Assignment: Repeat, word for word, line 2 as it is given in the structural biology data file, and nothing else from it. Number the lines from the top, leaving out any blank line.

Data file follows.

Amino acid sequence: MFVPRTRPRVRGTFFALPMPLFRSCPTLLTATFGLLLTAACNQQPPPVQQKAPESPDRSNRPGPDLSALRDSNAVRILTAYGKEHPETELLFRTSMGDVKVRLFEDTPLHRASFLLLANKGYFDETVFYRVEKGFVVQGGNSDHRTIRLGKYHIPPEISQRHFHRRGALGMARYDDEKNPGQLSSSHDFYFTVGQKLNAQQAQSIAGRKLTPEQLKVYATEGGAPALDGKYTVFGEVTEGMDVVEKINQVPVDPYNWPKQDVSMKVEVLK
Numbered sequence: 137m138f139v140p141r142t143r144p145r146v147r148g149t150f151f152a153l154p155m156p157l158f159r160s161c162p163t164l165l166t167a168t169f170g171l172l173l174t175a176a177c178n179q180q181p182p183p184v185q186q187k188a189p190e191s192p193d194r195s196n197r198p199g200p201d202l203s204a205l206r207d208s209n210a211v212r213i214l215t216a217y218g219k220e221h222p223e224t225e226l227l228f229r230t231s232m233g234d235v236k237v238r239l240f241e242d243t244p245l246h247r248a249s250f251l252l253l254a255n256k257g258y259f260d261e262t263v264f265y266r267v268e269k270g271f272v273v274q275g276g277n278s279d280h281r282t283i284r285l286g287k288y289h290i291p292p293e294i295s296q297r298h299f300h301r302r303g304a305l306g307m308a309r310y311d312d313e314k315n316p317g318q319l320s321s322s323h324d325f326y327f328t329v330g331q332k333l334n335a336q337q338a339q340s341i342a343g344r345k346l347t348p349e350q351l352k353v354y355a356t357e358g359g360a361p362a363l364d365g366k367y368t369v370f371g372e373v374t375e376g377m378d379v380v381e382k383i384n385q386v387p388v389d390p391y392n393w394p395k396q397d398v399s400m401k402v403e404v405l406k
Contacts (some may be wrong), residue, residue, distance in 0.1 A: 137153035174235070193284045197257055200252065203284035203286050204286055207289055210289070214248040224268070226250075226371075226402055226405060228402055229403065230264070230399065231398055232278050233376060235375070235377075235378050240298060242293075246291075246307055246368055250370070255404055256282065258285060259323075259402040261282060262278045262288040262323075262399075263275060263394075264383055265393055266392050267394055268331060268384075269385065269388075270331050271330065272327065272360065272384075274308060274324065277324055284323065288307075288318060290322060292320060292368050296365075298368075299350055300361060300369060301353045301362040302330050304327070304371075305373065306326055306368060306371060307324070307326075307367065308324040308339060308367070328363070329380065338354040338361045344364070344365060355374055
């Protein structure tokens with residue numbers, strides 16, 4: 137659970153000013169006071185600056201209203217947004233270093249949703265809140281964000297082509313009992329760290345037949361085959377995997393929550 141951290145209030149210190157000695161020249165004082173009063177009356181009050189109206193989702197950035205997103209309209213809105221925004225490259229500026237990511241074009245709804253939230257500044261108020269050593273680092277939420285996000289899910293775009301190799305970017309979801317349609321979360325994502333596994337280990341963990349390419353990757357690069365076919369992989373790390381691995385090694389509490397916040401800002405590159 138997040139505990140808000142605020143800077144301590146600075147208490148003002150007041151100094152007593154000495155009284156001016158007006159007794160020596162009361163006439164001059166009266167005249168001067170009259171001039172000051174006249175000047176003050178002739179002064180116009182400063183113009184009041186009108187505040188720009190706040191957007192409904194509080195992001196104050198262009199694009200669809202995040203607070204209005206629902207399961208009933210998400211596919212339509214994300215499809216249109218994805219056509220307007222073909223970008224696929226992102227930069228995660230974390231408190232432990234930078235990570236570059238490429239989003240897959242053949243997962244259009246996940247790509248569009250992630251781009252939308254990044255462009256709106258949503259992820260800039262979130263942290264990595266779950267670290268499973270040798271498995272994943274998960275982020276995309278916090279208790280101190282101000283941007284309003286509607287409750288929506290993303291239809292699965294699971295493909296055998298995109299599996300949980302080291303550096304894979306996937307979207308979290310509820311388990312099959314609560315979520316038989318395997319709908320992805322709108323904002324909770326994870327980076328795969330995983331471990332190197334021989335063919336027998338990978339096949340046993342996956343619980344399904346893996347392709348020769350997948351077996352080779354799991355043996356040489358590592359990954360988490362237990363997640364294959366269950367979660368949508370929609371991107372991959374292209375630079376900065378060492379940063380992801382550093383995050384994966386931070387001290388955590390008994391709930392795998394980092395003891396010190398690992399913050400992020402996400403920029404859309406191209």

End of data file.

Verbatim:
Numbered sequence: 137m138f139v140p141r142t143r144p145r146v147r148g149t150f151f152a153l154p155m156p157l158f159r160s161c162p163t164l165l166t167a168t169f170g171l172l173l174t175a176a177c178n179q180q181p182p183p184v185q186q187k188a189p190e191s192p193d194r195s196n197r198p199g200p201d202l203s204a205l206r207d208s209n210a211v212r213i214l215t216a217y218g219k220e221h222p223e224t225e226l227l228f229r230t231s232m233g234d235v236k237v238r239l240f241e242d243t244p245l246h247r248a249s250f251l252l253l254a255n256k257g258y259f260d261e262t263v264f265y266r267v268e269k270g271f272v273v274q275g276g277n278s279d280h281r282t283i284r285l286g287k288y289h290i291p292p293e294i295s296q297r298h299f300h301r302r303g304a305l306g307m308a309r310y311d312d313e314k315n316p317g318q319l320s321s322s323h324d325f326y327f328t329v330g331q332k333l334n335a336q337q338a339q340s341i342a343g344r345k346l347t348p349e350q351l352k353v354y355a356t357e358g359g360a361p362a363l364d365g366k367y368t369v370f371g372e373v374t375e376g377m378d379v380v381e382k383i384n385q386v387p388v389d390p391y392n393w394p395k396q397d398v399s400m401k402v403e404v405l406k